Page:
Lawsuit alleges votes went missing in Georgia lieutenant governor race

Republican Geoff Duncan and Democrat Sarah Riggs Amico ran for Georgia lieutenant governor.

Republican Geoff Duncan and Democrat Sarah Riggs Amico ran for Georgia lieutenant governor.

For some reason, there were tens of thousands fewer votes cast in the Georgia lieutenant governor’s election than any other statewide race.

A lawsuit alleges that the drop-off in votes indicates the election between Republican Geoff Duncan and Democrat Sarah Riggs Amico was flawed and should be redone. Duncan won by more than 123,000 votes.

The lawsuit, filed Friday by an election integrity advocacy group and three voters, blames the state's 16-year-old direct-recording electronic voting system. About 80,000 fewer votes were counted in the lieutenant governor's race than the average of ballots recorded in 10 statewide contests in the Nov. 6 election.

“The only reasonable explanation for such an anomalous vote discrepancy … is that malfunctioning, erroneous programming or malicious manipulation of the DRE machines caused a material number of votes in the lieutenant governor’s race to not be recorded,” the lawsuit states.

While it's not unusual for voters to skip down-ballot races, the lawsuit raises suspicions about potential irregularities in the lieutenant governor's election. The rest of the statewide races on the ballot — for secretary of state, attorney general, schools superintendent and other offices — showed vote totals much closer to the average.

The lieutenant governor’s race had the lowest total vote count of any statewide race, even though it was the second race listed on the ballot after the contest for governor between Republican Brian Kemp and Democrat Stacey Abrams.

Earlier this month, Georgia Secretary of State Robyn Crittenden denied a request from Amico to conduct a recount based on the broad allegation that the vote count was lower in the lieutenant governor's race. Crittenden wrote in a letter to Amico that she didn't show verifiable evidence of discrepancies or errors.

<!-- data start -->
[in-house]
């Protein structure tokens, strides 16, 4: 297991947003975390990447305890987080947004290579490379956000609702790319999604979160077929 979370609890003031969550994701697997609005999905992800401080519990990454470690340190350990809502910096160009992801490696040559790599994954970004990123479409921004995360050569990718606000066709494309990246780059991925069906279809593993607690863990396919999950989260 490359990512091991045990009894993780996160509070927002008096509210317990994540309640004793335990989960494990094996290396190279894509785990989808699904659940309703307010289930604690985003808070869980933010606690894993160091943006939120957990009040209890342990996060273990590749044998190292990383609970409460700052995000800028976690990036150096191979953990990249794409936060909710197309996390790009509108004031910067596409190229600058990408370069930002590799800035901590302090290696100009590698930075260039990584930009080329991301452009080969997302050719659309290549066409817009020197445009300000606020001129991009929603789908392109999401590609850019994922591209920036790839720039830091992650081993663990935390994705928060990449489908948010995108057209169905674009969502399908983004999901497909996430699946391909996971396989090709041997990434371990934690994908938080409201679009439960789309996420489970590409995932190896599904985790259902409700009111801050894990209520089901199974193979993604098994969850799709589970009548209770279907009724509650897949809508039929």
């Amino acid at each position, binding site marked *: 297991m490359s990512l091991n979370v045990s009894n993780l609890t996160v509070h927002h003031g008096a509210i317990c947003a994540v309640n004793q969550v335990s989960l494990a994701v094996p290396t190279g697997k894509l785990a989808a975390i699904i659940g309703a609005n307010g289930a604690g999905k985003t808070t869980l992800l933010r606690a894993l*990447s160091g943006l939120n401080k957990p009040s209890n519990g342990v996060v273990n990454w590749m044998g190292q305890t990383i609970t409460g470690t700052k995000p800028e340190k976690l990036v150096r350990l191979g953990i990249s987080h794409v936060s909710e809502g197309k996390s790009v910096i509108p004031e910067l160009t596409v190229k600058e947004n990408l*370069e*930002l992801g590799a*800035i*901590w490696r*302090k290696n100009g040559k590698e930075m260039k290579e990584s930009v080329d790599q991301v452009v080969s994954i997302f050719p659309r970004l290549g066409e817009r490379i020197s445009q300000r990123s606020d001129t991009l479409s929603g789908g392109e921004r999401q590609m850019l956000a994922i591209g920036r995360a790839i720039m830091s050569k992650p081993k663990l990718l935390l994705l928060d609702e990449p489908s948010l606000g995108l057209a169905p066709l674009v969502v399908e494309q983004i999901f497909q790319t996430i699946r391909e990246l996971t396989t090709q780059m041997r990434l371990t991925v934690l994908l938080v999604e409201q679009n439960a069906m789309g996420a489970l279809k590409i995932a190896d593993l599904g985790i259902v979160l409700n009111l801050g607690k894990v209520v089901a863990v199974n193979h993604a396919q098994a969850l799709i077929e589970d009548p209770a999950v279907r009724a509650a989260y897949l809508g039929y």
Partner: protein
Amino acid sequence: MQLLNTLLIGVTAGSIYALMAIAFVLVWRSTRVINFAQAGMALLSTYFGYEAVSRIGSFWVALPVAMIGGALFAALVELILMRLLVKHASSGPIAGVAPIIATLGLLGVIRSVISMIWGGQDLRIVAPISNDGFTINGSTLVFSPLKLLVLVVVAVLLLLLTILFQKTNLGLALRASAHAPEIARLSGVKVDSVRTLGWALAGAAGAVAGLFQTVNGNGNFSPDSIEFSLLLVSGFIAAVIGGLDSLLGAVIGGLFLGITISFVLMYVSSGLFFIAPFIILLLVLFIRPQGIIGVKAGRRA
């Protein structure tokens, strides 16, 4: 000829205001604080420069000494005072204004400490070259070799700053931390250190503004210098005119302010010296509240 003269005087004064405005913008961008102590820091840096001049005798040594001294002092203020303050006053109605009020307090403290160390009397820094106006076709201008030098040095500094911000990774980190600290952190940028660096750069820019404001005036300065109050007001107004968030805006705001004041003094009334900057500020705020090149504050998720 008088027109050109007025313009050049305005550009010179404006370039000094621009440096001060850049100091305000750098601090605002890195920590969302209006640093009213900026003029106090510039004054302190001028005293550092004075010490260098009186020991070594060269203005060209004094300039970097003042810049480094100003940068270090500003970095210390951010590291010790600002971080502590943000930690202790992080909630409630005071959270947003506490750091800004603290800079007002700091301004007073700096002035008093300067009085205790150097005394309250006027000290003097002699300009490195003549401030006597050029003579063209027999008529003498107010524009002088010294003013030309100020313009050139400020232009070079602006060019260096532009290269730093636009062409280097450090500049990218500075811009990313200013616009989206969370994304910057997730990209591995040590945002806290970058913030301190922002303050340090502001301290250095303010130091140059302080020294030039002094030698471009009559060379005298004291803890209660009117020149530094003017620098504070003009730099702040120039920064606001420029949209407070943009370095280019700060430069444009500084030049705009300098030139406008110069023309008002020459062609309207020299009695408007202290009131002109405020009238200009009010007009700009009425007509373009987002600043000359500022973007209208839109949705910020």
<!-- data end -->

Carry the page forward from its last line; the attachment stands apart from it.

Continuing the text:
“Despite the plaintiffs’ vague, unsubstantiated claims to the contrary, November’s election was accurate and secure,” Crittenden said in a statement Monday. “Ultimately, we believe that their claims will fail in court, and the integrity of the election system will be affirmed.”

Amico said irregularities were apparent because unlike in a normal election, the number of votes cast didn’t gradually decline in each down-ballot race. Amico, who is not a plaintiff in the lawsuit, didn’t return a phone call seeking comment Monday.

“If these were not the results from an election, but the laboratory results from an annual physical, such anomalous, elevated results would trigger an immediate phone call from the doctor’s office, and a battery of additional tests,” Amico wrote in a Nov. 12 letter to Crittenden. “Your office can and should take immediate steps to review the anomalous residual vote rate in the lieutenant governor’s race and determine why it happened.”

Some voters reported that their choices in the lieutenant governor’s race didn’t appear when they reviewed their ballots, according to the lawsuit. While other candidates were selected, none was shown in the lieutenant governor’s race even though voters had attempted to support Amico.

The decline in votes disproportionately affected Amico, according to the lawsuit. She received 94.8 percent of Abrams’ vote total; Duncan received 98.5 percent of Kemp’s total.

“Geoff Duncan is the lieutenant governor-elect, and he’s focused on his job as we head toward the coming legislative session,” Duncan spokesman Dan McLagan said.

The lead plaintiff in the lawsuit is the Coalition for Good Governance, a Denver-based nonprofit organization that's also involved in other litigation involving vulnerabilities with Georgia's electronic voting machines.

Besides calling for a new election for lieutenant governor, the lawsuit also seeks to conduct the election on verifiable paper ballots.

“Georgia voters must not be forced to accept election outcomes that cannot be verified and in which they have no confidence,” said Marilyn Marks, the executive director for the Coalition for Good Governance.